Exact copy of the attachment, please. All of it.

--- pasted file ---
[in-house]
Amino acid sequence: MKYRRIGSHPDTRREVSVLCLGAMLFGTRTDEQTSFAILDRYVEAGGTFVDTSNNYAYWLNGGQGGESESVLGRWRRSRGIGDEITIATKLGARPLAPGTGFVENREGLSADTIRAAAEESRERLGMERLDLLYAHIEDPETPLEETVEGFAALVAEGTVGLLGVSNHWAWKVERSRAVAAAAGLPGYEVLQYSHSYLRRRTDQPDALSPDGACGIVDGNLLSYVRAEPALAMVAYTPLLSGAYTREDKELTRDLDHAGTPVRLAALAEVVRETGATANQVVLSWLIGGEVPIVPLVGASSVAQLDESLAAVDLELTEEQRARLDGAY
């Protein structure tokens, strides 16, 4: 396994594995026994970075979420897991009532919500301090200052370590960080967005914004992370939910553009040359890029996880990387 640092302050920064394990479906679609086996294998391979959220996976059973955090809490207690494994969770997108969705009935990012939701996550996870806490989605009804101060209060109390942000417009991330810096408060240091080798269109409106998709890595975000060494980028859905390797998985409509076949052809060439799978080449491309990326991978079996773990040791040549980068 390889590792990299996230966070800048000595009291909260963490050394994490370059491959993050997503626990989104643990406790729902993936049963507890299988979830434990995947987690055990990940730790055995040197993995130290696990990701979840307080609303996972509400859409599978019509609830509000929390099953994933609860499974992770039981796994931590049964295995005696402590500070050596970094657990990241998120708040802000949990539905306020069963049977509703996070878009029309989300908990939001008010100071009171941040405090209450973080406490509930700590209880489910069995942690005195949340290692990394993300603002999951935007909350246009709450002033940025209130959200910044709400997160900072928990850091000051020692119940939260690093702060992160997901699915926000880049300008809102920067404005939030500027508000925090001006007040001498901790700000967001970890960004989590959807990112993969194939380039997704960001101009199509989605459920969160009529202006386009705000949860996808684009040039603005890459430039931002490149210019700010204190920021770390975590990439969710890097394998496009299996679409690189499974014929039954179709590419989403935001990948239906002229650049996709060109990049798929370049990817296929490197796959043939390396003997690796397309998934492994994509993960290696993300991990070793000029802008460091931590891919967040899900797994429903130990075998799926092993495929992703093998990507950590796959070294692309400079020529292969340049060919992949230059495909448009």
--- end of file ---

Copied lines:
[in-house]
Amino acid sequence: MKYRRIGSHPDTRREVSVLCLGAMLFGTRTDEQTSFAILDRYVEAGGTFVDTSNNYAYWLNGGQGGESESVLGRWRRSRGIGDEITIATKLGARPLAPGTGFVENREGLSADTIRAAAEESRERLGMERLDLLYAHIEDPETPLEETVEGFAALVAEGTVGLLGVSNHWAWKVERSRAVAAAAGLPGYEVLQYSHSYLRRRTDQPDALSPDGACGIVDGNLLSYVRAEPALAMVAYTPLLSGAYTREDKELTRDLDHAGTPVRLAALAEVVRETGATANQVVLSWLIGGEVPIVPLVGASSVAQLDESLAAVDLELTEEQRARLDGAY
């Protein structure tokens, strides 16, 4: 396994594995026994970075979420897991009532919500301090200052370590960080967005914004992370939910553009040359890029996880990387 640092302050920064394990479906679609086996294998391979959220996976059973955090809490207690494994969770997108969705009935990012939701996550996870806490989605009804101060209060109390942000417009991330810096408060240091080798269109409106998709890595975000060494980028859905390797998985409509076949052809060439799978080449491309990326991978079996773990040791040549980068 390889590792990299996230966070800048000595009291909260963490050394994490370059491959993050997503626990989104643990406790729902993936049963507890299988979830434990995947987690055990990940730790055995040197993995130290696990990701979840307080609303996972509400859409599978019509609830509000929390099953994933609860499974992770039981796994931590049964295995005696402590500070050596970094657990990241998120708040802000949990539905306020069963049977509703996070878009029309989300908990939001008010100071009171941040405090209450973080406490509930700590209880489910069995942690005195949340290692990394993300603002999951935007909350246009709450002033940025209130959200910044709400997160900072928990850091000051020692119940939260690093702060992160997901699915926000880049300008809102920067404005939030500027508000925090001006007040001498901790700000967001970890960004989590959807990112993969194939380039997704960001101009199509989605459920969160009529202006386009705000949860996808684009040039603005890459430039931002490149210019700010204190920021770390975590990439969710890097394998496009299996679409690189499974014929039954179709590419989403935001990948239906002229650049996709060109990049798929370049990817296929490197796959043939390396003997690796397309998934492994994509993960290696993300991990070793000029802008460091931590891919967040899900797994429903130990075998799926092993495929992703093998990507950590796959070294692309400079020529292969340049060919992949230059495909448009």